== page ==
Students at the University of North Georgia now have access to years of funds that could help them focus on and earn their degrees.
A recently awarded $615,000 grant will help students afford degrees in science, engineering, technology and math.
“If students have money to attend school, they are less likely to need to work outside of school to help pay for it,” said Kate Maine, associate vice president for university relations. “So it increases their ability to focus on their studies.”
The grant is for a National Science Foundation Scholarship in science, technology, engineering and mathematics. Currently, there are nearly 1,100 academically talented students with financial need in the College of Science and Mathematics, which will lead the scholarship program.
Annually, an external evaluator will review student applicants and then grant scholarships for $4,362 to 24 full-time freshmen whose financial needs have not already been met.
Of the 24 scholarships, 12 will be awarded to students on UNG’s Dahlonega campus and 12 to students on the Gainesville campus. Maine said this will encourage students working on a two-year degree in Gainesville to work toward a four-year degree in Dahlonega.
Students on the Gainesville campus can complete a four-year degree in biology or mathematics, but a four-year degree in other STEM disciplines requires transferring to the Dahlonega campus.
Recipients will have access to the annual scholarship for a maximum of five years. Applicants must be first-time freshmen, and they will be chosen based on academic ability, financial need and full-time enrollment in eligible programs. Majors in the College of Science and Mathematics include biology, exercise science, physics, mathematics and chemistry, to name a few. Students can also choose pre-professional concentrations in the college, such as pre-medicine, pre-dentistry, pre-engineering and pre-pharmacy.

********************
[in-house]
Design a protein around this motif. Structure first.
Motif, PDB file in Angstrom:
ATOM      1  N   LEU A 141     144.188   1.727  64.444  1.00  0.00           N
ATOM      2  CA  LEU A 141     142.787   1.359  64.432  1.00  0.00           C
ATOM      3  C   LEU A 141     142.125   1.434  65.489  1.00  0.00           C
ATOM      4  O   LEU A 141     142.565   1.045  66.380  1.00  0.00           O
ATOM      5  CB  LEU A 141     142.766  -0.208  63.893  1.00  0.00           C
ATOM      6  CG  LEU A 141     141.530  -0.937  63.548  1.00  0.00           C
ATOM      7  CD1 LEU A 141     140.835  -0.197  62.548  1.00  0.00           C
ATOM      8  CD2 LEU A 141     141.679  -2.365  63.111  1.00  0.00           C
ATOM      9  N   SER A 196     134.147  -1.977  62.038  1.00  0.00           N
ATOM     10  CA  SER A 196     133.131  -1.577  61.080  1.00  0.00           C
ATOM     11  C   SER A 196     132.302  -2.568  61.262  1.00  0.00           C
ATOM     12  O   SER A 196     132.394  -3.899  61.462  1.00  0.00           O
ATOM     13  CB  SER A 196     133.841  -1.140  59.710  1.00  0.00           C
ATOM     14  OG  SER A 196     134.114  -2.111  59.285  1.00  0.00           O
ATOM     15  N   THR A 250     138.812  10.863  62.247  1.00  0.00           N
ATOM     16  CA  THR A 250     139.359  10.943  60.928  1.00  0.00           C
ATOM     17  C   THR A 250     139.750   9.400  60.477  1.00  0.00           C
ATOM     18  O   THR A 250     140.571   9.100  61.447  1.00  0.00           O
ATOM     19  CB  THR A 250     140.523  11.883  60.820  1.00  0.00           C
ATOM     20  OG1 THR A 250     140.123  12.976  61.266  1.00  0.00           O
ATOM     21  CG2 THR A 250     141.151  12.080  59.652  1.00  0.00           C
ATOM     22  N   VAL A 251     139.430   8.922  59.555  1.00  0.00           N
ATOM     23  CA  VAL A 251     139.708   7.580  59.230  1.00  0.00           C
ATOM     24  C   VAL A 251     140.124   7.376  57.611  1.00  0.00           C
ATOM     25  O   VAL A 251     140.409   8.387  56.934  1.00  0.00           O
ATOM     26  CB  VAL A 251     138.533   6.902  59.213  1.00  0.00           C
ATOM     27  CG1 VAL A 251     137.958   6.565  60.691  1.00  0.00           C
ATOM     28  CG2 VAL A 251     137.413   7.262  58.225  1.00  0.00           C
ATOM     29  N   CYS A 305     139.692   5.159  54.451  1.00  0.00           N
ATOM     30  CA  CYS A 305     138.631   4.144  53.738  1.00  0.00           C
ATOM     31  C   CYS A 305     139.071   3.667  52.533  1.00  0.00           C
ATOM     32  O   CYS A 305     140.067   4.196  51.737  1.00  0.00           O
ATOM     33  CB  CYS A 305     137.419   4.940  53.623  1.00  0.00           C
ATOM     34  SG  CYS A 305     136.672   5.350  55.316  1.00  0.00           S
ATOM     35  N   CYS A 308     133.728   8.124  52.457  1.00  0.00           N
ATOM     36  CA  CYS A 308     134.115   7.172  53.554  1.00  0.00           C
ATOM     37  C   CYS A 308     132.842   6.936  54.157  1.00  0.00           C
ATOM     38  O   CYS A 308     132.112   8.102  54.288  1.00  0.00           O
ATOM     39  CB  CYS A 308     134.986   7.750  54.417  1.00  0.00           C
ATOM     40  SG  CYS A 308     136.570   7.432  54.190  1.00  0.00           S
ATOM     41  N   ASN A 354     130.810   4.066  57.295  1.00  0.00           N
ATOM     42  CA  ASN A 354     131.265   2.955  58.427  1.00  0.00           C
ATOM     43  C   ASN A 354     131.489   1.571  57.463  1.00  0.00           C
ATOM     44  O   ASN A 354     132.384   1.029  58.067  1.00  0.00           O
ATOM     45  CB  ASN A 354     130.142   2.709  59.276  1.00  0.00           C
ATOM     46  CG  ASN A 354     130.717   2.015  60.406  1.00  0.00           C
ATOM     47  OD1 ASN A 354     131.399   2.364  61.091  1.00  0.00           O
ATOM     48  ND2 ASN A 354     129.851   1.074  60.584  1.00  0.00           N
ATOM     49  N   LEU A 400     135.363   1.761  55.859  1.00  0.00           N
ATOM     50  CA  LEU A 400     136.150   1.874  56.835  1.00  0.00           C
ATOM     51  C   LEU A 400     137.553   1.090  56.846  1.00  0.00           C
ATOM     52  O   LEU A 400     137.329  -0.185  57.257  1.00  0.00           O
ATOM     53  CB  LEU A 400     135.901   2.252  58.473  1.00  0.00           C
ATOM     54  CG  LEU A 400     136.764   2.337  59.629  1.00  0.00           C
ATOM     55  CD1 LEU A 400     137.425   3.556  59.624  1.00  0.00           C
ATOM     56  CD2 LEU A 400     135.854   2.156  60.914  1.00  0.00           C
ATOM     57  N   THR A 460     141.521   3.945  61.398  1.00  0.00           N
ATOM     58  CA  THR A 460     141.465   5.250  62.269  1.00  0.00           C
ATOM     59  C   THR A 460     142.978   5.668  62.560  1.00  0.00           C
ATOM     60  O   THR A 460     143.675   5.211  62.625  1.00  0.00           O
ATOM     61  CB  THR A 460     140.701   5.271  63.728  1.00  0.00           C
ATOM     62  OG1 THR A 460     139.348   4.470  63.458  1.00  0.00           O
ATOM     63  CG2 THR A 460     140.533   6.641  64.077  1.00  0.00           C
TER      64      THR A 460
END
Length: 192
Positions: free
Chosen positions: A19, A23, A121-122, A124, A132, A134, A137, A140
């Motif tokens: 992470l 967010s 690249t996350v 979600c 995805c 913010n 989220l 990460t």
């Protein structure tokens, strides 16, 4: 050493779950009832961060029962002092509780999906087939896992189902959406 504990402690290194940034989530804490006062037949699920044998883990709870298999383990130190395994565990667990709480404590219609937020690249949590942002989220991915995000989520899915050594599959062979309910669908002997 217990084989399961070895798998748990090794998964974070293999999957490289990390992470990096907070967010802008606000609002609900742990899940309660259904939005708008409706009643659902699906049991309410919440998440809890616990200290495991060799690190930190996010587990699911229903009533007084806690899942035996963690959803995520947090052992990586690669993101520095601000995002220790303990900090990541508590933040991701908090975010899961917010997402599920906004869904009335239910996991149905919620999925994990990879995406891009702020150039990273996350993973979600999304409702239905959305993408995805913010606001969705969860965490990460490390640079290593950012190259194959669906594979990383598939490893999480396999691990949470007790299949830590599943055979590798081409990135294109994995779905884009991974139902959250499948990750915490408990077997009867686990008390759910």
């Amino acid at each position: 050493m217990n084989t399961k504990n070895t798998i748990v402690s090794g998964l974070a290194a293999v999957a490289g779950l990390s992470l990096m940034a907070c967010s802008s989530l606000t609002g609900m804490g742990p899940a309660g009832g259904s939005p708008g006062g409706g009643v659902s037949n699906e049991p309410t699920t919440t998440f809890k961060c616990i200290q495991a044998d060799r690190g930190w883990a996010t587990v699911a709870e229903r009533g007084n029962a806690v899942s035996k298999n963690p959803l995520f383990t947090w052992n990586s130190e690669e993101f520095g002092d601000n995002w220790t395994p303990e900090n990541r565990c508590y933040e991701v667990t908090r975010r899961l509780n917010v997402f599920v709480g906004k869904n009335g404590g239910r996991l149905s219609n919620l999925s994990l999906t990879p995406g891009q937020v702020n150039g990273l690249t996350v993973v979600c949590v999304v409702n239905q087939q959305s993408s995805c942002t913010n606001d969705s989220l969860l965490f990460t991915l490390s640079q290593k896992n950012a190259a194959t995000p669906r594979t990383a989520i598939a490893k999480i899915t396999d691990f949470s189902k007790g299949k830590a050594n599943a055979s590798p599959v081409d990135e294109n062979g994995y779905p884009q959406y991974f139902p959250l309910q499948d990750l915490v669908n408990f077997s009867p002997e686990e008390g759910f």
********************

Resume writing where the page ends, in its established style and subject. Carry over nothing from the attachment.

The scholarship program has several missions, aside from providing financial assistance. It is also designed to increase retention of students in these rigorous majors, increase the number of educated employees in the STEM workforce and increase student support through mentoring programs, tutoring, academic workshops and more.
Maine said the grant, which will continue annually through June 2020, is one of the largest the College of Science and Mathematics has received in recent history.
“This grant will allow funds to be used to support students through scholarships, to persist in their studies and focus on challenging STEM disciplines,” Maine said. “It will help students continue in their degree programs, from two-year or associate degree programs into bachelor degree programs. And it will also help current bachelor-level students at our Dahlonega campus focus on their studies.”